The COVID-19 pandemic both shocked the global mobility system and reaffirmed the centrality and resiliency of human mobility. Four years on, public and political attention to COVID-19’s unprecedented consequences for cross-border movement has waned. Yet if countries are to manage mobility more effectively in future public-health crises, this is an important moment for reflection and learning, as this issue brief explores.

Reports
March 2024

Some of the strictest COVID-19 pandemic-era limits on human mobility occurred in the Asia Pacific region. Border closures started in East and Southeast Asia in early 2020 and quickly spread through the entire region, in some cases remaining in place for more than two years. This report examines the approaches countries took and reflects on the immense costs and benefits of using border measures to tackle public-health risks.

Reports
March 2024

The COVID-19 pandemic’s impacts on mobility in the Middle East and North Africa were immediate and wide-reaching. These include the world’s largest and most sustained repatriation efforts for stranded migrants, halted and reversed irregular journeys, and a reckoning with some countries’ reliance on foreign labor. This report examines how these impacts varied across countries in this highly diverse region, as well as the uneven recovery.

Reports
March 2024

The COVID-19 pandemic hit South American nations at a time when many were already contending with major migration challenges. Historic levels of intraregional migration and displacement, notably from Venezuela, collided with countries’ attempts to stop the spread of a new threat to public health. This report examines the region’s responses to the public-health crisis, and the immediate and lasting impacts on cross-border movement.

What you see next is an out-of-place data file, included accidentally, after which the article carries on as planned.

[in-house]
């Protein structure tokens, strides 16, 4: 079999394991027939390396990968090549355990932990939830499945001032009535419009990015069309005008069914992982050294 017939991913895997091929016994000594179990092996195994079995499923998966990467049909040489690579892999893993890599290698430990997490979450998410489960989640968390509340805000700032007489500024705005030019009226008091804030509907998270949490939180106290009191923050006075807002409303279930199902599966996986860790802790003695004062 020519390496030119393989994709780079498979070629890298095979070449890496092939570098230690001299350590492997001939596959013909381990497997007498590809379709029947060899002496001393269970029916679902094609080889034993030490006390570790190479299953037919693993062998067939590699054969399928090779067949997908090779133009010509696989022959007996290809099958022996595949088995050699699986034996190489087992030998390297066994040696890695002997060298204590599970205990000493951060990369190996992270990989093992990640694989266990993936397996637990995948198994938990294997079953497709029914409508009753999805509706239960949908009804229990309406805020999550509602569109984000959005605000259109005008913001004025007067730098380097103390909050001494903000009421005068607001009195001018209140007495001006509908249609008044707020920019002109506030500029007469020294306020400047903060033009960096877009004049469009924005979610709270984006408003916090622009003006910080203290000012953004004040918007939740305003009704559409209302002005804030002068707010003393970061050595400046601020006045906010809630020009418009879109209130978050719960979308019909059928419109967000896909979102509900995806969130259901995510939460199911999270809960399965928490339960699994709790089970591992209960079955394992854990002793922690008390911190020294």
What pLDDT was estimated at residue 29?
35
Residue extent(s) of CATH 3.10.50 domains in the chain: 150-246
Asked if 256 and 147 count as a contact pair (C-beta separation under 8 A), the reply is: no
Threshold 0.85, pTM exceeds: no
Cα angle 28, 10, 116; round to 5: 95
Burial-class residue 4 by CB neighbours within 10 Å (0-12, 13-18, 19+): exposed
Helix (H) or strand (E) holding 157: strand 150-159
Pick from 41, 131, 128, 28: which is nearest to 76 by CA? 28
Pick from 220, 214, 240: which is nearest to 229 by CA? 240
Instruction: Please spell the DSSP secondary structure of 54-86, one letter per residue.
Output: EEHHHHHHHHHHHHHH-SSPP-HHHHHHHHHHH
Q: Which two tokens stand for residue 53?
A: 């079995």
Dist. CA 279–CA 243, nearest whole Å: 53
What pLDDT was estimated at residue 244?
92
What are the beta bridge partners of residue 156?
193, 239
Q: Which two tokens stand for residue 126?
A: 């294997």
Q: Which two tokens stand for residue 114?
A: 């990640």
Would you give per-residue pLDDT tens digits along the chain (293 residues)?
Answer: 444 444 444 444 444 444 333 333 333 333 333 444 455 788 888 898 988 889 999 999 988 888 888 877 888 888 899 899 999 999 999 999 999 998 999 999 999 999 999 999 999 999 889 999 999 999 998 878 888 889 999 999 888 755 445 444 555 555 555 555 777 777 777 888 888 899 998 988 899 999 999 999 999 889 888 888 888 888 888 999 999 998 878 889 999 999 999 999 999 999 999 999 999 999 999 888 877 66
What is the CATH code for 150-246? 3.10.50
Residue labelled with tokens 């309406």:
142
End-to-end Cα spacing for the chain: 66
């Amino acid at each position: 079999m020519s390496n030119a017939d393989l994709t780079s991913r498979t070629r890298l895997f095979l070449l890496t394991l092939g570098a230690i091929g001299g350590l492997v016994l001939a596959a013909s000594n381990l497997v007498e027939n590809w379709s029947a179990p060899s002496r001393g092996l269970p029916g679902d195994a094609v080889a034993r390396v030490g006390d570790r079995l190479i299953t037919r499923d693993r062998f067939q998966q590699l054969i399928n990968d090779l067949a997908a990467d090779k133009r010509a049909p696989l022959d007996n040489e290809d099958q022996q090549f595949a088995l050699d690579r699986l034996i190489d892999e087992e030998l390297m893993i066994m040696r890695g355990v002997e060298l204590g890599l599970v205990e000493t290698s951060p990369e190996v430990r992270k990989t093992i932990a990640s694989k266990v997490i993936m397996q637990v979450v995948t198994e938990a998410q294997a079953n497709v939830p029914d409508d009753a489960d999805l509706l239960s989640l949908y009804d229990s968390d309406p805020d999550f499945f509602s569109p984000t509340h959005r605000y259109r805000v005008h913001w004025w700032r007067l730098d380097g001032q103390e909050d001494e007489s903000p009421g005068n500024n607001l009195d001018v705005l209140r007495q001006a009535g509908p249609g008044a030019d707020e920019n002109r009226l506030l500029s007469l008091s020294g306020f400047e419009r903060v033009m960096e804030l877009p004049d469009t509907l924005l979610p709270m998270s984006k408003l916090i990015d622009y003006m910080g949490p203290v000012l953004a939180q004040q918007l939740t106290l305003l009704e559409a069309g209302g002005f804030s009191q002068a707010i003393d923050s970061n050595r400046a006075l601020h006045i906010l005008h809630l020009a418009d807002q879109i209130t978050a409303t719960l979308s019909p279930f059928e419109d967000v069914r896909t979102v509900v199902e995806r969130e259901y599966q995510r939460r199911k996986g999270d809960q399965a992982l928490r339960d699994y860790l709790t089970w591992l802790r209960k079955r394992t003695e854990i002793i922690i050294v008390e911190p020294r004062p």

Reports
March 2024

The story of the COVID-19 pandemic in Europe is chiefly one of challenges to solidarity and coordination. Cross-border movement—even within Europe’s Schengen Area—ground to a halt, and countries took varied approaches to using travel measures in an attempt to slow the virus’s spread. This report explores the pandemic’s impacts on mobility to and within Europe, its challenges to European solidarity, and lessons for future public-health crises.

Reports
January 2024

Immigrants’ eligibility for public benefits in the United States is governed by a complex patchwork of rules that make many groups of noncitizens eligible for some benefits but not others, while other noncitizens are excluded completely. This report provides an overview of immigrants’ eligibility for programs related to general assistance, health and nutrition, employment and income, education, housing, driver’s licenses, and more.

Articles

Countries such as the United States, the United Kingdom, and Germany are increasingly relying on immigrant health-care workers to fill gaps in their workforce and care for aging populations. That has created opportunities for many foreign-born doctors and nurses, but could harm their origin countries. This article examines the dynamics of global health-care worker migration, particularly in the wake of the COVID-19 pandemic.

Articles

Fifty years after the birth of the Philippines' strategy to use emigration as a tool for development, the government is doubling down on labor migration. While deployment of overseas Filipino workers (OFWs) slumped during the COVID-19 pandemic, with the government and civil society pivoting to assist with return migration and reintegration for hundreds of thousands of Filipinos, emigration has since rebounded, as this article details.

Pages